We are here for you
We are stronger together
Thank you for your continued dedication to our community’s health and safety. As Delta variant caseloads rise, we ask that you remain committed to COVID-19 best practices. Thank you for trusting us with your care.
We are committed to providing exceptional care in the safest environment to protect your dreams of family building.
At ORM, we are successfully helping families on their path to parenthood through enhanced social-distancing practices engineered in our freestanding, spacious, and clean facilities. Focusing on the health and safety of our patients, staff, and physicians is our top priority balanced with providing the best reproductive care possible. Our clinics are open during normal business hours and telehealth and video consultations are available for both new and current patients. If you have questions about treatment or your fertility journey with us please don’t hesitate to reach out. Our teams are here to answer questions and help you every step of the way.
Frequently Asked Questions
Currently, little is known about the impact of COVID-19 coronavirus on reproduction and pregnancy.
Here are some common questions we have received from concerned patients.
Can I pursue treatment?
What will my visits to ORM look like moving forward?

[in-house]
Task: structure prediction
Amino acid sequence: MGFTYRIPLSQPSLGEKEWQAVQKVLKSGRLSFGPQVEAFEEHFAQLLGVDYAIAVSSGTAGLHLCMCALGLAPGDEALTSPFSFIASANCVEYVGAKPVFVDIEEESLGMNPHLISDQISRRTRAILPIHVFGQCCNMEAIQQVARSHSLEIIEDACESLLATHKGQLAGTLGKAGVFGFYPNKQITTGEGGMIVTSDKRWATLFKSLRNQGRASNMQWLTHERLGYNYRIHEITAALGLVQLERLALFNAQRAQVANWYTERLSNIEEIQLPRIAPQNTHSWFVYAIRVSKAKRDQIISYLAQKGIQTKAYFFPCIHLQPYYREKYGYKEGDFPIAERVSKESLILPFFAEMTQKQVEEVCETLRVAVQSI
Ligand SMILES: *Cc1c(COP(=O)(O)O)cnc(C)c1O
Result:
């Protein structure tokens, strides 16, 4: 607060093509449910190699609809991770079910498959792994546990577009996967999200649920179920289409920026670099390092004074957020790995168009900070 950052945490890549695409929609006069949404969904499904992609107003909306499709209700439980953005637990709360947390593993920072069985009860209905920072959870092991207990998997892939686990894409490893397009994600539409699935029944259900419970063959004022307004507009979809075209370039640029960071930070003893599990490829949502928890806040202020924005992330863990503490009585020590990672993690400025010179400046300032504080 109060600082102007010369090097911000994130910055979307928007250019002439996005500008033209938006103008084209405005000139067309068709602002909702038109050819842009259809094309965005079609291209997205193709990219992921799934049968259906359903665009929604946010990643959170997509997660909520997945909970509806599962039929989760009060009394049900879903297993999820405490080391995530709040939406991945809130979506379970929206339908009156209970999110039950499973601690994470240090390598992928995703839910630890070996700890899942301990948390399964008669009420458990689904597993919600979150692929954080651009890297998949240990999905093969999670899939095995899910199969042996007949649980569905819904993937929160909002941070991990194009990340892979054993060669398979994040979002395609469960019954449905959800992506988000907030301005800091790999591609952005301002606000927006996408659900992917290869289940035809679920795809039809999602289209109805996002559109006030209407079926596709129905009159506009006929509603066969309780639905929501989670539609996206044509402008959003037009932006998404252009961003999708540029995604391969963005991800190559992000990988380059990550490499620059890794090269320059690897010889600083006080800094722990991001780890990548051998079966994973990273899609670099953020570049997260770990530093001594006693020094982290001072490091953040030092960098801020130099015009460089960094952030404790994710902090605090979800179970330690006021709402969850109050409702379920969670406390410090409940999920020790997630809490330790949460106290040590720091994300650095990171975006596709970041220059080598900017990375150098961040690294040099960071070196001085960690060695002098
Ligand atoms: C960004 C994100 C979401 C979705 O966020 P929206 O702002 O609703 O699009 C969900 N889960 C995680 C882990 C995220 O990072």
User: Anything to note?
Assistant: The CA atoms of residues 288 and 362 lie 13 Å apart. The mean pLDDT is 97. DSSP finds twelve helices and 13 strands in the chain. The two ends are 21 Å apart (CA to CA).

- TELEHEALTH: We will continue to utilize video and teleconferencing for any appointments that do not require an ultrasound, bloodwork or a surgical procedure.
- COVID-19 SCREENING: Prior to entering an ORM clinic we ask that you complete a simple electronic COVID-19 health screening survey. You can find the link here.
- TEMPERATURE CHECKS: Upon entering the clinic one of our staff will take your temperature. Anyone with an elevated temperature will be asked to go home and their appointment will be rescheduled.
- FACEMASKS: Regardless of vaccination status, we ask that you bring your own facemask to any appointment at an ORM Fertility clinic.
- SOCIAL DISTANCING: We will be managing scheduling and patient flow to allow for social distancing. Appointment times have been adjusted to minimize the number of people in the clinic at any given time.
Do I need to wear a mask to my appointment?
Can I bring my partner to my appointment?
Effective Friday, August 20, 2021 Patients are allowed to bring one support person (over age 16) to the following appointments types only. The policy applies to all visitors including those who are fully vaccinated.
- 1 adult support person for IUI, OB Ultrasound, Oocyte Retrieval, and Embryo Transfer
- 1 adult support person in the oocyte retrieval and embryo transfer room
- When applicable, Gestational Carriers will be accompanied by the intended parent(s) in the embryo transfer room while the support person waits in the post-op room.
- Support persons are not allowed in the clinic for any monitoring appointments. This includes blood draws, monitoring ultrasounds (excluding OB ultrasounds), and semen collections.
All support persons must complete a separate questionnaire and wear a mask while within an ORM facility.
*Children (of any age) are still not permitted to accompany patients or visitors to ORM at this time.
Are all of your locations open?